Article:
Gennelar to Lock 6
Jeff, from Montchanin boatyard, called early this morning to ask us to be the RNLI for a German boat that almost sank at Montceau les Mines last night. She has lost the seals to her prop tube and needs a side tow to the Jeff's yard. The boat had to be pumped out by the Sapeurs and Pompiers after she took in water when the seals gave way yesterday. Any engine power at all will breach the temporary fix the Pompiers gave the seals with lots of duct tape. The boat would fill with water in minutes. We had planned to have some rest days before going into Montchanin at the end of the cruise but rule of the sea is to aid a vessel in distress, so we will head off at 11.15 after I re-provision the boat from the Petit Casino to see us through until Monday morning.
We went through lock 16 behind a hire boat knowing that we were to pick up the boat somewhere between locks 10 and 9. Little did we know that we would not stop for another 7 hours!
3.30 - We have just left Montceau les Mines with the Germans roped beside us. The crew, Peter and Heidi, were so distraught at the thought that we wanted to start out for Montchanin early tomorrow morning that we felt we had to go on as far as we could today. Heidi had obviously been weeping copiously at the thought of a second night in danger of sinking. They were having to pump out the boat every couple of hours or so and were sleep deprived already. Neither Peter nor Heidi speak any French and Peter has so little English that the message that we would not reach Montchanin before the locks closed at 6.30 just hasn't got through. Despite the fact that Liam and Jim, from Vrijheid had taken a look and assured Peter that the temporary repair would hold through the night, we decided to head off and let time be the deciding factor that forced us to stop. We've already done 4 hours motoring today, which, for us, this year is as much as we would do, knowing that more leads to tiredness, crankiness and erosion of our normally harmonious relationship.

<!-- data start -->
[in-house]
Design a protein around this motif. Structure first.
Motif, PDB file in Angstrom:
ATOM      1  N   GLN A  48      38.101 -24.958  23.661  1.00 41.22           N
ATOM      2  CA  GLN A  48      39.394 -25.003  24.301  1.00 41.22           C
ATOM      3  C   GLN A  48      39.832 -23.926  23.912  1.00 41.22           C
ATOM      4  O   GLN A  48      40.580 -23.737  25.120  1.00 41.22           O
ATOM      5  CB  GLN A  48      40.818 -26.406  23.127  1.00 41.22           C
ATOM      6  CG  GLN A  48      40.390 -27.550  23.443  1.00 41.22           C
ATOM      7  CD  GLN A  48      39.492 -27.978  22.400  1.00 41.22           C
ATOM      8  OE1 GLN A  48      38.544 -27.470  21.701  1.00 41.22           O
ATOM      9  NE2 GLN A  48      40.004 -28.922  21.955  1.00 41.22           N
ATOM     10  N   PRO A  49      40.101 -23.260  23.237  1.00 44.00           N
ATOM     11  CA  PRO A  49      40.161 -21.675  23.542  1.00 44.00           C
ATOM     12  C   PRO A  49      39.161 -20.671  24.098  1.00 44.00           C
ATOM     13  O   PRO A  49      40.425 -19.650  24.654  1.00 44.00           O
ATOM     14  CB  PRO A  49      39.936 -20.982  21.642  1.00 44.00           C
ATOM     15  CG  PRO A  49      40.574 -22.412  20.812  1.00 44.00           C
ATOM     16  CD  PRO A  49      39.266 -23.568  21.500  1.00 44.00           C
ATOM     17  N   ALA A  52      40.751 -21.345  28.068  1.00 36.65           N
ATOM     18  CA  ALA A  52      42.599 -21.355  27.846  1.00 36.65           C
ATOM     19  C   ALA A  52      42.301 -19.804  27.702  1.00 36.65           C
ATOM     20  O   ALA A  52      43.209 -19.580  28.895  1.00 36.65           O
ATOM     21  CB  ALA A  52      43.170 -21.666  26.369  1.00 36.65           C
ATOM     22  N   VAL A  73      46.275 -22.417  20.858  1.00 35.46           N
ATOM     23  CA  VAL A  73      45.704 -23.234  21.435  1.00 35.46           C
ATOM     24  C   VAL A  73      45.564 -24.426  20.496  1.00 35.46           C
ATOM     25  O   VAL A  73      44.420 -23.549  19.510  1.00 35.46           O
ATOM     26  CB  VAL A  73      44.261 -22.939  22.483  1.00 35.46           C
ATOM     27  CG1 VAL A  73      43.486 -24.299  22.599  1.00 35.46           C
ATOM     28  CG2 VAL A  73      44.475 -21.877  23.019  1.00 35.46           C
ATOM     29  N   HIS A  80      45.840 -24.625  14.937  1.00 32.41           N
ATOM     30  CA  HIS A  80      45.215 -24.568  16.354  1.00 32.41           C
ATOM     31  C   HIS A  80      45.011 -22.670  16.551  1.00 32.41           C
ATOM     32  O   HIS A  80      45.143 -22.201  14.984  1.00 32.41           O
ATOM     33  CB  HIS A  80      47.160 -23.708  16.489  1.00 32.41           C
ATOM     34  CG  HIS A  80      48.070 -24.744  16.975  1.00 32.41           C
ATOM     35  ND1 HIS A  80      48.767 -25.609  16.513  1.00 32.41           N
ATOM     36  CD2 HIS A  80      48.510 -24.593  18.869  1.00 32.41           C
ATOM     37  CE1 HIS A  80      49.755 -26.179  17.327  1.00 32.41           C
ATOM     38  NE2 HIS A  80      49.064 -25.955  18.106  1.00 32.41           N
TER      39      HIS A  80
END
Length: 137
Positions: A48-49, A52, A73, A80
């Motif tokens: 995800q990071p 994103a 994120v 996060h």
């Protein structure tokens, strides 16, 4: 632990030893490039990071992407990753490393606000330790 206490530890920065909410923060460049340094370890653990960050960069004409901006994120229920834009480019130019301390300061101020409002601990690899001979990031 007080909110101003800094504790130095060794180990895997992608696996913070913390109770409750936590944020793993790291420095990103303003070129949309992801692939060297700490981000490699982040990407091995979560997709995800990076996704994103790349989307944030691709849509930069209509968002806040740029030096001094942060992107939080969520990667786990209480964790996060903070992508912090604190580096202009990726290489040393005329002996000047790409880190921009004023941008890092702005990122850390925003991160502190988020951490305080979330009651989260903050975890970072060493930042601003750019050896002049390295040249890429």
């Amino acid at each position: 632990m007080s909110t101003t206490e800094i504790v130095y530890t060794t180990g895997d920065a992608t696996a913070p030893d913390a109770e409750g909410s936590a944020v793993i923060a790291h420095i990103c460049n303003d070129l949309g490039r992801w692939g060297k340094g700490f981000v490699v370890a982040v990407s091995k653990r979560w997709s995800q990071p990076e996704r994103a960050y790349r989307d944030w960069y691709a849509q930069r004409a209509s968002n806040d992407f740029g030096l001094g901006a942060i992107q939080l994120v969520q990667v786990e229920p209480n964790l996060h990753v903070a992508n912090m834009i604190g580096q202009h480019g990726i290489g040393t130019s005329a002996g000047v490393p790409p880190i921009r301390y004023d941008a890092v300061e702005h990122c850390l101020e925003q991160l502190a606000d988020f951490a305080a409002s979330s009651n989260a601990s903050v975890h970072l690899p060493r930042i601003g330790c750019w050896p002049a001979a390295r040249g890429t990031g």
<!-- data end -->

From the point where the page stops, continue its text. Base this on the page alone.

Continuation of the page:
We knew that we would be slowed down from our usual 6km per hour but didn't realise that it wasn't the towing that would slow us down. We cleared the two town lift bridges with no waiting thanks to a sympathetic lock-keeper who understood that we couldn't be kept waiting around mid stream. As we approached lock no 9, two lock-keepers were in attendance to help us in. Alas! We could not fit in side by side, because the Eiger's side fenders made our total width too great. No amount of explanation would convince Peter that he should remove them. MWNN and I now knew that the next 9 locks would have to be negotiated with us front-towing them in. All 9 locks are automatic. We were going to have to be the front boat, right up against the front gates, going upstream - a thing we had vowed never to do again after our experiences on the flight up to Montchanin from Chalons (see our earlier adventures in dangerous locks).
We thought we might be able to persuade Peter to moor up at Blangy for the night, instead of pressing on, after I phoned Jeff to ask if it would be possible for the VNF to keep the electrics switched on in the locks after 6.30. He'd told us that was highly improbable and we managed to make Peter understand this. At least at Blangy he could have shore power to keep his bilge pump going for, without any engine, his batteries were running low. As we approached Blangy, we could see that the mooring was full and so decided to press on as far as we could.